Approaching Mediation as Constructive Engagement





This year's newsletter is a series of "Life Lessons", in tribute to my late mother. They are lessons that have served me well as I apply them to mediation.  

I read an article in the New York Times by Frank Bruni called "The Dangerous Safety of College".  There, he criticized recent events at Middlebury College when the [predominantly liberal] students protested a planned talk by ultra-conservative, Charles Murray on campus.  Instead of rock throwing and other loud and potentially dangerous obfuscation, Bruni advocated for a type of "constructive engagement" on college campuses in America.  Indeed, he suggested that it is imperative that we teach our children how to engage in dialogue, rather than hope to prevent speeches which adopt different beliefs and values than their own.

My mother knew this instinctively.  She was incredibly open to different opinions:  in politics, religion, fashion or family.  She really taught each of us to give "the other" the benefit of the doubt.  She urged us to suspend any judgment until we heard the other person out completely.  She knew that unless we approached conflict with curiosity, our world would be narrow and our views would become stale or misunderstood over time.

In mediation, all too often the parties approach the other side with a jaded, skeptical or even a hostile pre-conceived view.  Their opinions are biased by their own perspective and their lens on the world is colored by their experience and expectation of "the other".  This can serve to limit the potential of settlement at it's narrowest, and the possibility of true growth and understanding at it's broadest. Although it may be effective if you are fortunate enough to draw a jury who holds the same world views as your client, it is generally a bad strategy in mediation.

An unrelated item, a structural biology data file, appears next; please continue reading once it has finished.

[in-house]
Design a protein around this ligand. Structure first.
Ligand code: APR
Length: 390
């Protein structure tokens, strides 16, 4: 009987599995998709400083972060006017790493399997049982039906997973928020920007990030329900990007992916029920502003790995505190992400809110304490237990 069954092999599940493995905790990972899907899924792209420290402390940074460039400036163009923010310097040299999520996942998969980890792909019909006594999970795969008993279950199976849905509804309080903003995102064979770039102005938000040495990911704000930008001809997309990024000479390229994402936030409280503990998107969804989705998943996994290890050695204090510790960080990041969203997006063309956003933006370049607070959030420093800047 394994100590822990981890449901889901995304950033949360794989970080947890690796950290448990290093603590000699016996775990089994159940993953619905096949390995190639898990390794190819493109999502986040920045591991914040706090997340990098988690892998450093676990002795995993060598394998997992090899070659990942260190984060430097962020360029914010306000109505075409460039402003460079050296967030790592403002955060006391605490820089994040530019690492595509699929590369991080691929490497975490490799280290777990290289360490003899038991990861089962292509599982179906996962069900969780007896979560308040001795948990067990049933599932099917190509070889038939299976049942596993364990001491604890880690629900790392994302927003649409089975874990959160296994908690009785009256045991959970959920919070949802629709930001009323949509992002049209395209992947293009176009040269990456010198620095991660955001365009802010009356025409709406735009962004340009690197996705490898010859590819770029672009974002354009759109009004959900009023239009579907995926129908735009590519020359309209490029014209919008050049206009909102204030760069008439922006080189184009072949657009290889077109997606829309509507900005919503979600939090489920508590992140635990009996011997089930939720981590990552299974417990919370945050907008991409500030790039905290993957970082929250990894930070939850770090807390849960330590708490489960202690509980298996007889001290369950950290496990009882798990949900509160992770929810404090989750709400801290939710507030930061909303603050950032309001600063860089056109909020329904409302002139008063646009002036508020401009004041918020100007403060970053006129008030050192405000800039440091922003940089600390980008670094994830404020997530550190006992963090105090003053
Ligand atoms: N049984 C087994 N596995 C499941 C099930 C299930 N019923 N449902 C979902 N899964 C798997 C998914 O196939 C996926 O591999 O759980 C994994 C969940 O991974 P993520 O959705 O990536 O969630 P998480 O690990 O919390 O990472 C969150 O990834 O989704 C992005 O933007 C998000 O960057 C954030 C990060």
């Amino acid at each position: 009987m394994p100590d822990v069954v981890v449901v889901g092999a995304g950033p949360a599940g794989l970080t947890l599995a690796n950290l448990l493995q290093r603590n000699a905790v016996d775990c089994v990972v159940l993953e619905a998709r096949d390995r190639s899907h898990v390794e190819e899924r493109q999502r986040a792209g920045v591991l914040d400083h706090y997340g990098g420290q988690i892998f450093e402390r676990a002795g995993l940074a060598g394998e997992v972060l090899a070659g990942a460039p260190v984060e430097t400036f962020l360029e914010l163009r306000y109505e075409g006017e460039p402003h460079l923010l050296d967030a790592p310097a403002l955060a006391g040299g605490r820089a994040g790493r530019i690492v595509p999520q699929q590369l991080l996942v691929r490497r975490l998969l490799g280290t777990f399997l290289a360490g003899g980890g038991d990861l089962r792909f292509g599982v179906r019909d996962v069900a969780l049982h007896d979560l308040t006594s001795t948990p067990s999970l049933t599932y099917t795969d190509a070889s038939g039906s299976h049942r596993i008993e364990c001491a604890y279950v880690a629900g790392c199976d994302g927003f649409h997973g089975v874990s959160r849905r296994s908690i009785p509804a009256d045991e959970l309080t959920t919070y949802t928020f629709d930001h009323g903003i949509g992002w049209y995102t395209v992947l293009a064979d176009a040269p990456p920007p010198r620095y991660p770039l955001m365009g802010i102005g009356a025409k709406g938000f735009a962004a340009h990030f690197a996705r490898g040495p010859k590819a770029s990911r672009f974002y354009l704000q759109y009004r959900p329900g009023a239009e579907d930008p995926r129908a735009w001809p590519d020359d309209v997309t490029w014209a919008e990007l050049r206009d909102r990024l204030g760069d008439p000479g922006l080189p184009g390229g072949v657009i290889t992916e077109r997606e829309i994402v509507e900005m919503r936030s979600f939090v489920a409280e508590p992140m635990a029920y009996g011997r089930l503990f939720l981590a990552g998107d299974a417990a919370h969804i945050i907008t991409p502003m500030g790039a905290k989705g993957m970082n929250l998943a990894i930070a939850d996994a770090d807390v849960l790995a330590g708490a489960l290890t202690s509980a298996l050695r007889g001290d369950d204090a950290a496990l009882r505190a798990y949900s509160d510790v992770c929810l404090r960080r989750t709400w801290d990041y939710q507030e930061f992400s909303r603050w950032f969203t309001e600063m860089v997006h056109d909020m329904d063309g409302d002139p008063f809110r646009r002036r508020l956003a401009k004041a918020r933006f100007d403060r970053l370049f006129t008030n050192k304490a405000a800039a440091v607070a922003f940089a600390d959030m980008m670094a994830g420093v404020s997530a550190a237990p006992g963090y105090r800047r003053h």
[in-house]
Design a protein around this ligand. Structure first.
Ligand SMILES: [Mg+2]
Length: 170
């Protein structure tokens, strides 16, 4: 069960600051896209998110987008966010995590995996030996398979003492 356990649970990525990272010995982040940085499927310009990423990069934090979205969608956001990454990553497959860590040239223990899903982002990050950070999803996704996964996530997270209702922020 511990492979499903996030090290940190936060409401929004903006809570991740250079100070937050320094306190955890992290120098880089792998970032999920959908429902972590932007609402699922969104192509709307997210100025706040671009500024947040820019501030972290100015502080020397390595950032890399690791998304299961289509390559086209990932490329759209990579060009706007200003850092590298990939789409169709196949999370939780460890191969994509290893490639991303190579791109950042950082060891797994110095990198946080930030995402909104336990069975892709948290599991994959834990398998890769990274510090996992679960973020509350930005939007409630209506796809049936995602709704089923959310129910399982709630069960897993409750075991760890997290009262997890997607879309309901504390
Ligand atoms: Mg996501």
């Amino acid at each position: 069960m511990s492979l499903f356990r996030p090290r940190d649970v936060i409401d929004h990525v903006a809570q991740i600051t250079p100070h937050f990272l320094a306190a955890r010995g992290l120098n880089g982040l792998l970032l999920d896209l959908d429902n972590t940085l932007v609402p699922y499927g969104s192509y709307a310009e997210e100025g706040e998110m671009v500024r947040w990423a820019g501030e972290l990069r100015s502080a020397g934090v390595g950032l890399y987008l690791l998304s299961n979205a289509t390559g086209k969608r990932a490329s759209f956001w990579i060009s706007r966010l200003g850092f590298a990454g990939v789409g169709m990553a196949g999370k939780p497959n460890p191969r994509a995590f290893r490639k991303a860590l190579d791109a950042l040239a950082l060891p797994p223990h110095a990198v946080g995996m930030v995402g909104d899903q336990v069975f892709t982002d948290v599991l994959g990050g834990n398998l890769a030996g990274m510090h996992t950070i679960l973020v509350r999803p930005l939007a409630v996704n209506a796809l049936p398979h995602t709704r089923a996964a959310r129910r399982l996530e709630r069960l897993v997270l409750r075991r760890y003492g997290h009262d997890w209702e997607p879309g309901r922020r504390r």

My mother knew that it would be a shame to refuse or fail to consider other people's view points when formulating her own.  She knew that growth would only come from giving the other side of any conflict the benefit of the doubt.  Parenthetically, most psychologists say that the key to resolving inevitable conflict that arises in a marriage is not whether or not the couple consistently agree on major issues, but how they resolve their disagreements.  My mother was an advocate of never going to bed mad.  Perhaps that is why my parents enjoyed 71 years of healthy and happy marriage.

The next time you are participating in a mediation, I encourage you to think of the students at Middlebury and rather than throw stones, I encourage you to give the people there the benefit of the doubt and see if you can learn something from their perspective which will help you to resolve the conflict.  At worst, it will broaden your views and at best it will provide the goodwill necessary to achieve a lasting agreement.

Best Regards,

Jan Frankel Schau


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